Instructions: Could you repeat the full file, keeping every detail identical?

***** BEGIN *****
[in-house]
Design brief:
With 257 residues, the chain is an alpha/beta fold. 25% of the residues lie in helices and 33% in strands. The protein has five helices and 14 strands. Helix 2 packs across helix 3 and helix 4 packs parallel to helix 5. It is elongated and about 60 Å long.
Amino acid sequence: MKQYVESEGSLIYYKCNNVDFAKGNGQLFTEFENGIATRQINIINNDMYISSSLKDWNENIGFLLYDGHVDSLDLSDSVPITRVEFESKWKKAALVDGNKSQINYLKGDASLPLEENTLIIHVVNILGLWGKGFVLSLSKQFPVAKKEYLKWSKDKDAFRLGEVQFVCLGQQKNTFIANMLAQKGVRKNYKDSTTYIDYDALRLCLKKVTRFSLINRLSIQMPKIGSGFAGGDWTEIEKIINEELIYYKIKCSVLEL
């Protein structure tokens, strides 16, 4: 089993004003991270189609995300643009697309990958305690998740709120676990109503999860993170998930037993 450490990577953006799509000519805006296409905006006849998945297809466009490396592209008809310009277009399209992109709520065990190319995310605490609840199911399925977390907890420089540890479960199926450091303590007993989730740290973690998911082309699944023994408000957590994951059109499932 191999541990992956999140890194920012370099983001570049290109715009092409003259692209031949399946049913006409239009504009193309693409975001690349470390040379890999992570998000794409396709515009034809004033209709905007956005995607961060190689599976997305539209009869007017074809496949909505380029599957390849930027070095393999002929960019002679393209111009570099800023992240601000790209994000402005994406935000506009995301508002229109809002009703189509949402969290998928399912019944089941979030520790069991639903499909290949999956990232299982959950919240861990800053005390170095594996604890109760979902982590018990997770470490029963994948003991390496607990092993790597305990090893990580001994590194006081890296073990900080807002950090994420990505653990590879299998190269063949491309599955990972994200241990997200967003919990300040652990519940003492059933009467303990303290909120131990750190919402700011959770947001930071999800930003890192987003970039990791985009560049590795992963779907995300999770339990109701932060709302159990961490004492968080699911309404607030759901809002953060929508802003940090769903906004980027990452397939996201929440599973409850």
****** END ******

[in-house]
Design brief:
With 257 residues, the chain is an alpha/beta fold. 25% of the residues lie in helices and 33% in strands. The protein has five helices and 14 strands. Helix 2 packs across helix 3 and helix 4 packs parallel to helix 5. It is elongated and about 60 Å long.
Amino acid sequence: MKQYVESEGSLIYYKCNNVDFAKGNGQLFTEFENGIATRQINIINNDMYISSSLKDWNENIGFLLYDGHVDSLDLSDSVPITRVEFESKWKKAALVDGNKSQINYLKGDASLPLEENTLIIHVVNILGLWGKGFVLSLSKQFPVAKKEYLKWSKDKDAFRLGEVQFVCLGQQKNTFIANMLAQKGVRKNYKDSTTYIDYDALRLCLKKVTRFSLINRLSIQMPKIGSGFAGGDWTEIEKIINEELIYYKIKCSVLEL
């Protein structure tokens, strides 16, 4: 089993004003991270189609995300643009697309990958305690998740709120676990109503999860993170998930037993 450490990577953006799509000519805006296409905006006849998945297809466009490396592209008809310009277009399209992109709520065990190319995310605490609840199911399925977390907890420089540890479960199926450091303590007993989730740290973690998911082309699944023994408000957590994951059109499932 191999541990992956999140890194920012370099983001570049290109715009092409003259692209031949399946049913006409239009504009193309693409975001690349470390040379890999992570998000794409396709515009034809004033209709905007956005995607961060190689599976997305539209009869007017074809496949909505380029599957390849930027070095393999002929960019002679393209111009570099800023992240601000790209994000402005994406935000506009995301508002229109809002009703189509949402969290998928399912019944089941979030520790069991639903499909290949999956990232299982959950919240861990800053005390170095594996604890109760979902982590018990997770470490029963994948003991390496607990092993790597305990090893990580001994590194006081890296073990900080807002950090994420990505653990590879299998190269063949491309599955990972994200241990997200967003919990300040652990519940003492059933009467303990303290909120131990750190919402700011959770947001930071999800930003890192987003970039990791985009560049590795992963779907995300999770339990109701932060709302159990961490004492968080699911309404607030759901809002953060929508802003940090769903906004980027990452397939996201929440599973409850």